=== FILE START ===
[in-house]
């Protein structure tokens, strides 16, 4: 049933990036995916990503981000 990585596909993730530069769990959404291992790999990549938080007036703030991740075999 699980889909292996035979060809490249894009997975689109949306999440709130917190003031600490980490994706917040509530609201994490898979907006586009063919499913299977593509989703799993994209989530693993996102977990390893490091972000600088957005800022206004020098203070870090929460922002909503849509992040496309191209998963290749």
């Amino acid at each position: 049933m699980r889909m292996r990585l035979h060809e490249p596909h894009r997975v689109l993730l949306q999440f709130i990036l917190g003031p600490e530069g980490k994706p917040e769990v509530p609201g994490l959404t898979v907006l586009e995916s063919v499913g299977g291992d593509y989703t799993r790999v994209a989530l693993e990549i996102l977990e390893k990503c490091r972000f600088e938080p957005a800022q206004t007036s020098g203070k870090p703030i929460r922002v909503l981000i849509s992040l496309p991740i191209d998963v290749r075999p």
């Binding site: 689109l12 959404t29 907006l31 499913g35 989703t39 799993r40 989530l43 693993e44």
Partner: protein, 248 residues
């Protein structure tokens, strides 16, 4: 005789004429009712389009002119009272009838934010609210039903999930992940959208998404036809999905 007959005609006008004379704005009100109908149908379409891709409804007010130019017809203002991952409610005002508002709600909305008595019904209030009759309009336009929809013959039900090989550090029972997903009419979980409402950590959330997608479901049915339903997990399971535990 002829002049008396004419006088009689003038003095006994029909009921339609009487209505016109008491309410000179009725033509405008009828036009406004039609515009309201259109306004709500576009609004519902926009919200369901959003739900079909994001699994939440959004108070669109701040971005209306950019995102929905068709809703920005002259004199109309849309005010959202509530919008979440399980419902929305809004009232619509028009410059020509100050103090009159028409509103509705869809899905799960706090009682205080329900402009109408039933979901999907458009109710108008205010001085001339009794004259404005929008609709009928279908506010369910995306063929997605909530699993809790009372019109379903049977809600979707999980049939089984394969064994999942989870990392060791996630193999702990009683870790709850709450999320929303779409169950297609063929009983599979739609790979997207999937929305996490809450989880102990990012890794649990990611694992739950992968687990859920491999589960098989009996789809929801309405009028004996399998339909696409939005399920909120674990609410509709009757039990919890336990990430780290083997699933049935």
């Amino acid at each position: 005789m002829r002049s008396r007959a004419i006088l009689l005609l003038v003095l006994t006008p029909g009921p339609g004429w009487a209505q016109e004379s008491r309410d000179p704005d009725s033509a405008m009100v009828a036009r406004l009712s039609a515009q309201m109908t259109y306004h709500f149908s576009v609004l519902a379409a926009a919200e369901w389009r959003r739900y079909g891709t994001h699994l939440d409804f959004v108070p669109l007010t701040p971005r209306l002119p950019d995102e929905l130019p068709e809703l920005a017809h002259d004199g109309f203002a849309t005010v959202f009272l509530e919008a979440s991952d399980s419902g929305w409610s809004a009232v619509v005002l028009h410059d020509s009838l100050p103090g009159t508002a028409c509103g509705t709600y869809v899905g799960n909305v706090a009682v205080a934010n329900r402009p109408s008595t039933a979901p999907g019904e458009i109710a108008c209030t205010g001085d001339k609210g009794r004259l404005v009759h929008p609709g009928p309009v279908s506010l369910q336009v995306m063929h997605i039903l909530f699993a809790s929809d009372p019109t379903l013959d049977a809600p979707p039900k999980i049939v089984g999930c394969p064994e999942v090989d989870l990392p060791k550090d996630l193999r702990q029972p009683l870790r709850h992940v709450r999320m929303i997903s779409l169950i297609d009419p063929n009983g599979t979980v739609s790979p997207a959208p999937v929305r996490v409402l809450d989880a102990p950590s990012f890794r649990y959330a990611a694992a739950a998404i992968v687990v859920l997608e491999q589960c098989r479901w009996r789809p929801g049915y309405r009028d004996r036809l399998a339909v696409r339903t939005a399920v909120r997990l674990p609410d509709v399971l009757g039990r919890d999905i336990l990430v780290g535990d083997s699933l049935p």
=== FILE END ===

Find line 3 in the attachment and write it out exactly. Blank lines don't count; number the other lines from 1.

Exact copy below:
């Amino acid at each position: 049933m699980r889909m292996r990585l035979h060809e490249p596909h894009r997975v689109l993730l949306q999440f709130i990036l917190g003031p600490e530069g980490k994706p917040e769990v509530p609201g994490l959404t898979v907006l586009e995916s063919v499913g299977g291992d593509y989703t799993r790999v994209a989530l693993e990549i996102l977990e390893k990503c490091r972000f600088e938080p957005a800022q206004t007036s020098g203070k870090p703030i929460r922002v909503l981000i849509s992040l496309p991740i191209d998963v290749r075999p």